Ramble On: My 2012 Strategy For Managing Web Inquiries

Most of the time they find me — usually in search. A large percent of these existing ERP users are seeking a bid for an upgrade or some one-off type work. Their strategy is often to talk (or ramble) in rapid fire sentences about the issues they are experiencing with their software. I find most are looking for nothing but a free tip or answer to a question that they do not want to pay their consultant for.


The key is to get good at quickly separating the people who have an hour long story (and no money) about how MAS90 is too expensive, their consultant is too expensive, etc, etc, etc.

What’s left are people who are interested in an ongoing support plan and/or project work.

The best way I’ve found to combat the lookers is with a diagnosis charge — which I ask them to agree to via credit card that they enter themselves via the web.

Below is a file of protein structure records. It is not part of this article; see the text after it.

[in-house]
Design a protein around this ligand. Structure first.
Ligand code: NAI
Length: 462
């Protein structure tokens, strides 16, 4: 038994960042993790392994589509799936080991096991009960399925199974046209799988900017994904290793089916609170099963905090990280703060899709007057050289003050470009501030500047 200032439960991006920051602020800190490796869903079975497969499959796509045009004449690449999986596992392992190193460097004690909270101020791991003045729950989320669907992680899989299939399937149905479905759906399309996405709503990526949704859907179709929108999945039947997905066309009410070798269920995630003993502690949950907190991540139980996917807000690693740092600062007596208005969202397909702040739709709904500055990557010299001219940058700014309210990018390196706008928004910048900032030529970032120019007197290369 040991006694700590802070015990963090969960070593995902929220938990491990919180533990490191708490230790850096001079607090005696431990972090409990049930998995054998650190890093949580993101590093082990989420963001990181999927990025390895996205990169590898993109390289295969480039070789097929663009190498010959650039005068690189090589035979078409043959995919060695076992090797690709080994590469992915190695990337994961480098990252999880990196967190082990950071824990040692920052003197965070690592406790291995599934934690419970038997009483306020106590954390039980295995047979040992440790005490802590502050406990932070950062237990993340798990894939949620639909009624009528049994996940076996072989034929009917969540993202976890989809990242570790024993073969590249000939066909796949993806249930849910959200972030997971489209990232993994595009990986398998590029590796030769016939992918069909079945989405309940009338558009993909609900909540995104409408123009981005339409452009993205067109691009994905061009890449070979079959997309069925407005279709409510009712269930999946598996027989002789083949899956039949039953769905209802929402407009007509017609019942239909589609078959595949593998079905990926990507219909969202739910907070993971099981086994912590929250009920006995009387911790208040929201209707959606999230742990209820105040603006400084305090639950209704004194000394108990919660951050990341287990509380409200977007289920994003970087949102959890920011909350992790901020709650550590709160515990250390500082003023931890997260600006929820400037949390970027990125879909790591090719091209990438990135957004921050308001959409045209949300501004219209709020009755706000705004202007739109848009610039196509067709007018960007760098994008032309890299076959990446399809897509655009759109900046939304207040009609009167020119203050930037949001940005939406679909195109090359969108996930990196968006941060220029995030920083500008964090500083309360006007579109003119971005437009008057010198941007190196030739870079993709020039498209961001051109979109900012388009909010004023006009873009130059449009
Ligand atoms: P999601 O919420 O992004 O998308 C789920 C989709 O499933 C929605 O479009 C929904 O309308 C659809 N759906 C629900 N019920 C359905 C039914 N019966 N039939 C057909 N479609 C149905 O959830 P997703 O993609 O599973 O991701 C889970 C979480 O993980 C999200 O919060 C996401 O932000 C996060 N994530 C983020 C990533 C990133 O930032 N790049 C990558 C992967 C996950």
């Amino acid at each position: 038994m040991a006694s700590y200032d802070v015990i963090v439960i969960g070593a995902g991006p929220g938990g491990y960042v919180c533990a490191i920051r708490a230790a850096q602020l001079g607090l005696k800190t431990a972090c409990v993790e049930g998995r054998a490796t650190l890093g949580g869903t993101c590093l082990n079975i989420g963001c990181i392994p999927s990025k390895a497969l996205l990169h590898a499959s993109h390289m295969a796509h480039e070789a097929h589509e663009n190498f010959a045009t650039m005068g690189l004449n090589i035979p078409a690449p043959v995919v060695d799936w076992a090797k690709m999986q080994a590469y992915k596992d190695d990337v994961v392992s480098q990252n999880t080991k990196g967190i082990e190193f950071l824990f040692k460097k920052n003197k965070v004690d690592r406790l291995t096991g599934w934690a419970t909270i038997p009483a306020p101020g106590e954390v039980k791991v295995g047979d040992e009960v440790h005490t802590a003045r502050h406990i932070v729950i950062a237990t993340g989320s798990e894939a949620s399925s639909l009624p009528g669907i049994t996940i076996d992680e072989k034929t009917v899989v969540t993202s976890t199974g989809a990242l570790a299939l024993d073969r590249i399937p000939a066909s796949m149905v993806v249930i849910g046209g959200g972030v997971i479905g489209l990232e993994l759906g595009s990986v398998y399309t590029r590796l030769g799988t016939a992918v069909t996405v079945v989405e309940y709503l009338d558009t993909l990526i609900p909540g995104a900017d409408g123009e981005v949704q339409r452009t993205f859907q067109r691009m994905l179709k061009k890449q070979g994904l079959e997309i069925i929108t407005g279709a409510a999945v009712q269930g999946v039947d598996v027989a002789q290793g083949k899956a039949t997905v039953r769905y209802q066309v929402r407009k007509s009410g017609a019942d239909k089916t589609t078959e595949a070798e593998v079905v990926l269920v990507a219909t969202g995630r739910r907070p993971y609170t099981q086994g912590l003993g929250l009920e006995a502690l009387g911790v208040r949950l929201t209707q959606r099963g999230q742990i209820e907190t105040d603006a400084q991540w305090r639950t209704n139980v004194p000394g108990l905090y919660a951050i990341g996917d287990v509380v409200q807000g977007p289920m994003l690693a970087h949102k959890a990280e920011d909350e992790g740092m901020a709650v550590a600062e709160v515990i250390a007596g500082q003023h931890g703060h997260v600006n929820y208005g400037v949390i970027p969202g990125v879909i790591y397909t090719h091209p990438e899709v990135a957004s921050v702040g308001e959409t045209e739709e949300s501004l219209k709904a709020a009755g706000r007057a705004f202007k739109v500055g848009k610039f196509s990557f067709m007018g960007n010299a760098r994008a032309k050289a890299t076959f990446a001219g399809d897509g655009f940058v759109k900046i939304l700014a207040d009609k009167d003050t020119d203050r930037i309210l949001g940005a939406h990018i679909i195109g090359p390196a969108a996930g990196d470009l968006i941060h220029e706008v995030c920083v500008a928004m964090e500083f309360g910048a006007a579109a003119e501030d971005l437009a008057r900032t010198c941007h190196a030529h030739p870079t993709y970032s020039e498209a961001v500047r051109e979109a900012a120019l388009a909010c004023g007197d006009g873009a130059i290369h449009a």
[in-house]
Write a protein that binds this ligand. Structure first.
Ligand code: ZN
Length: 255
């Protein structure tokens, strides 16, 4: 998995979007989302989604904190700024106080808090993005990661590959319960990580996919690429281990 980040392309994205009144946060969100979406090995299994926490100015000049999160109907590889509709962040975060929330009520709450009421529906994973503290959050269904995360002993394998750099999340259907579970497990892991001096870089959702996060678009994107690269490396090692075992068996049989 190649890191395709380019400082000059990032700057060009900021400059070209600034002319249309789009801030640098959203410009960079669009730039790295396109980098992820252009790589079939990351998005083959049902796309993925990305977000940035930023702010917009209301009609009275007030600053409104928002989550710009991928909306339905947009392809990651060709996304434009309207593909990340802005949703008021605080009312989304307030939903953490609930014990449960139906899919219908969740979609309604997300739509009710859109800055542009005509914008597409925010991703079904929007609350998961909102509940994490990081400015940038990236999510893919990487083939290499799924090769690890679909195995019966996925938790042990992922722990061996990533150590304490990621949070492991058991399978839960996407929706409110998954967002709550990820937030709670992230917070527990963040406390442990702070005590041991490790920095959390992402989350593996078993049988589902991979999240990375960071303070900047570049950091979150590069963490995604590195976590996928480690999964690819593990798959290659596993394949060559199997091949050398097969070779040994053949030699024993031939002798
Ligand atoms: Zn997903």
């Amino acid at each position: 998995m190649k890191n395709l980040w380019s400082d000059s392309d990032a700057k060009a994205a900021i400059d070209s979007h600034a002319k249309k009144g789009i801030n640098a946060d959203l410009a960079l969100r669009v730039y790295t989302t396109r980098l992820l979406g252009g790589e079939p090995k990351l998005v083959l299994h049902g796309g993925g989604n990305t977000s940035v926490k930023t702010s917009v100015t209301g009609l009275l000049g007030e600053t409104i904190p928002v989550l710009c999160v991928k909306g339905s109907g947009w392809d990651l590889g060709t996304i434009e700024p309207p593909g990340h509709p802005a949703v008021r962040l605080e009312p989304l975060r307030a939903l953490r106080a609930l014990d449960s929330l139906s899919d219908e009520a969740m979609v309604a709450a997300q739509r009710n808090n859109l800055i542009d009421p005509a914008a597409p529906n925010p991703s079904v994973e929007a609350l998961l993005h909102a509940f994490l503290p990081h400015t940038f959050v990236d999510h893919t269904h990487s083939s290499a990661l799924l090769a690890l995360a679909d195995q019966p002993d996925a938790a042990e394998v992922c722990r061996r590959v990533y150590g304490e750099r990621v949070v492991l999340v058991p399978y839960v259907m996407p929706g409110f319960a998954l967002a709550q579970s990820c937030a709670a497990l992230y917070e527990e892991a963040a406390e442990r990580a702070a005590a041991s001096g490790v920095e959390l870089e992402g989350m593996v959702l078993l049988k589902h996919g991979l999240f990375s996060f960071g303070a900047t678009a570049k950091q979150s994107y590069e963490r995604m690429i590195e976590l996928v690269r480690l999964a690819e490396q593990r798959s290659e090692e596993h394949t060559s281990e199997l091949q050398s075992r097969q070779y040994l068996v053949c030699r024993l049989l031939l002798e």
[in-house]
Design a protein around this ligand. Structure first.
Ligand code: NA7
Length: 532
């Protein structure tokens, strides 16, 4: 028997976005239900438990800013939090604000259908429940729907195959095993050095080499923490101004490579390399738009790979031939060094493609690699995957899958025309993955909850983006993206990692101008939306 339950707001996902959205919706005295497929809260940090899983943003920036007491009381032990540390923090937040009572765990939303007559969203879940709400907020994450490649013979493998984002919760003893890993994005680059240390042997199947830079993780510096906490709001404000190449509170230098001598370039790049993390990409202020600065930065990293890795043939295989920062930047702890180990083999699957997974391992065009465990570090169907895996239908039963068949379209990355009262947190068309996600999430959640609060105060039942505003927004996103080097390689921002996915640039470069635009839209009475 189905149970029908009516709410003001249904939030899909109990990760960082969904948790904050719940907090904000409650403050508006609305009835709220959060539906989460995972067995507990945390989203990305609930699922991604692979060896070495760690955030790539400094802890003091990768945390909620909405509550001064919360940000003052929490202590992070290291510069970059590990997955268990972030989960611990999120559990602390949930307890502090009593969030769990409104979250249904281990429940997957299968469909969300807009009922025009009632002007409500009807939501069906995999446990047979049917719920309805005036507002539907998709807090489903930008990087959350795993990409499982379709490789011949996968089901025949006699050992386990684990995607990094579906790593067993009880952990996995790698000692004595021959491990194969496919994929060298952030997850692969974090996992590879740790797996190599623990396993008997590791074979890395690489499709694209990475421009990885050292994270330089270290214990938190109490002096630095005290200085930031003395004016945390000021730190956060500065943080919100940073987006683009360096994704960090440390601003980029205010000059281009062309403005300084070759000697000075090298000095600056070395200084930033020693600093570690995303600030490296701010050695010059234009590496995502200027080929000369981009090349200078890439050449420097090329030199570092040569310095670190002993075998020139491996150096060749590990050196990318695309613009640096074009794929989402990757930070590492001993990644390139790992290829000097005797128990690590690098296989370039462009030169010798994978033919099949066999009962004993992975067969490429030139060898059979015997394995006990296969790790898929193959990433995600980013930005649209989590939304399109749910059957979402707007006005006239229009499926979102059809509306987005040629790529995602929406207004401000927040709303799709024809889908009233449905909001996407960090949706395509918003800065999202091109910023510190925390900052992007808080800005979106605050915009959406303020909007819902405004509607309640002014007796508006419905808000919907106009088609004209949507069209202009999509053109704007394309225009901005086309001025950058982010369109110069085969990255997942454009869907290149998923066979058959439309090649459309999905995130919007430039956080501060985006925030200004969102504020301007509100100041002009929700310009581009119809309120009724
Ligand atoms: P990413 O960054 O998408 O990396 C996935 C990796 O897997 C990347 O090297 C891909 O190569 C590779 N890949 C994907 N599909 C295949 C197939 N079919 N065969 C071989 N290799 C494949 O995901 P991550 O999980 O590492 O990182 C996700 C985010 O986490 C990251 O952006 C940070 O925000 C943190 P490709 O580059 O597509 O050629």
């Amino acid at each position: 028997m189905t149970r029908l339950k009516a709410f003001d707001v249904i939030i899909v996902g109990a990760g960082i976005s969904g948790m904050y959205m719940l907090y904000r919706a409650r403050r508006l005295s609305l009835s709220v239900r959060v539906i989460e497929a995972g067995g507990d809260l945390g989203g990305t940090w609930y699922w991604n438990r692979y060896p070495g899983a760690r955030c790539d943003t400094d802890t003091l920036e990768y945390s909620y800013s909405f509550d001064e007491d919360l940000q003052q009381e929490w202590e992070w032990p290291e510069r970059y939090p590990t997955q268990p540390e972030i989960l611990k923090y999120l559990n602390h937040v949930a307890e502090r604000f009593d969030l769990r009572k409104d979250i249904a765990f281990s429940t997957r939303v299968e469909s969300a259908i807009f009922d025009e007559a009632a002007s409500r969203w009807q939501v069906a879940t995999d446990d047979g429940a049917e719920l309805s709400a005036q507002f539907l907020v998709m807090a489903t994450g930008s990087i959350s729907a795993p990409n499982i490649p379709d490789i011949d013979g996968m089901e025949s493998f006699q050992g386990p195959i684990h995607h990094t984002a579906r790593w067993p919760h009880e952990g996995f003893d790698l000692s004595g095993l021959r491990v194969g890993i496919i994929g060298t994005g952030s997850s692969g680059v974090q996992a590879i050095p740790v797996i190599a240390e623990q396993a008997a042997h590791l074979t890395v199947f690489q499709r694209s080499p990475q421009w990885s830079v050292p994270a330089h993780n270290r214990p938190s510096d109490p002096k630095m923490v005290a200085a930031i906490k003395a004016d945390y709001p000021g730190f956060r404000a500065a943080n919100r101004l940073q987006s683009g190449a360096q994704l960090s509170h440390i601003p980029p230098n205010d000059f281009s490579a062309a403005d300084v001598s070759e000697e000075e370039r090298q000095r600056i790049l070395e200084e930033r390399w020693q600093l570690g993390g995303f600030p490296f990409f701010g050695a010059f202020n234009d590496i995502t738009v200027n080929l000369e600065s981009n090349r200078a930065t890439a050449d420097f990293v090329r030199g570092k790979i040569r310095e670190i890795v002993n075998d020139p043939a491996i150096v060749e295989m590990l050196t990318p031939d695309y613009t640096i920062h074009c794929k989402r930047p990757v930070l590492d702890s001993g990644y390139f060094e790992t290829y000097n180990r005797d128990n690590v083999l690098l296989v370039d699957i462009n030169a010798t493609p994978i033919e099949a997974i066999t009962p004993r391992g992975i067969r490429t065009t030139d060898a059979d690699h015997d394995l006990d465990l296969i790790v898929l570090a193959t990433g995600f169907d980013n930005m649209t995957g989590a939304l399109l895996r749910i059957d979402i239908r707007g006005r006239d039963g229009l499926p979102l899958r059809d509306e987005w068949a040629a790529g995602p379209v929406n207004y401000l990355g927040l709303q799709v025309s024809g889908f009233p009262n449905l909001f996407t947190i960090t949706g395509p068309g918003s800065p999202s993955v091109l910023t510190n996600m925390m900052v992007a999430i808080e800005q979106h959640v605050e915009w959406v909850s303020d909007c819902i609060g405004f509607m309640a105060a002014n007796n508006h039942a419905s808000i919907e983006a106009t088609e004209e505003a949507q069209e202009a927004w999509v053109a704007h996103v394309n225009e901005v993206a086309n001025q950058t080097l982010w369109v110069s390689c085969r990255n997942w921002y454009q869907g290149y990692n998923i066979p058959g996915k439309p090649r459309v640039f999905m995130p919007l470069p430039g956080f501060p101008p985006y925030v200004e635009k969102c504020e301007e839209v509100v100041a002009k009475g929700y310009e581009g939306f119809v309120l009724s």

This is not a guaranteed fix (though in many cases it will be) — rather it’s a paid assessment. This way if there’s something really hosed there is no obligation for me to spend lots of time fixing it.

If I’ve learned one thing it’s that there’s plenty of opportunity for online web searchers to sandbag you about the condition  (and complexity) of their ERP systems.

Online users who find me have three options as to how quickly they’d like their issue diagnosed (which, again, is not the same thing as being fixed).

I’m very reasonably priced so long as the person is willing to wait for the fix (many will not). In either case they choose the price they are willing to pay based on the response time they are seeking.

After about a 5 minute discussion just to make sure I can offer a diagnosis — I send this link for payment and that’s the end of my free portion of the discussion…. The next time I’d talk to the people will be when I am notified by Paypal of the charge being processed (and amazingly this has worked 2x out of about 4x since I’ve started using it).


This is my 2012 strategy for dealing with random callers (the toughest to get any money out of) who ramble on about some problem with MAS.

It may seem harsh to say – but its true. Money talks – bullshit walks.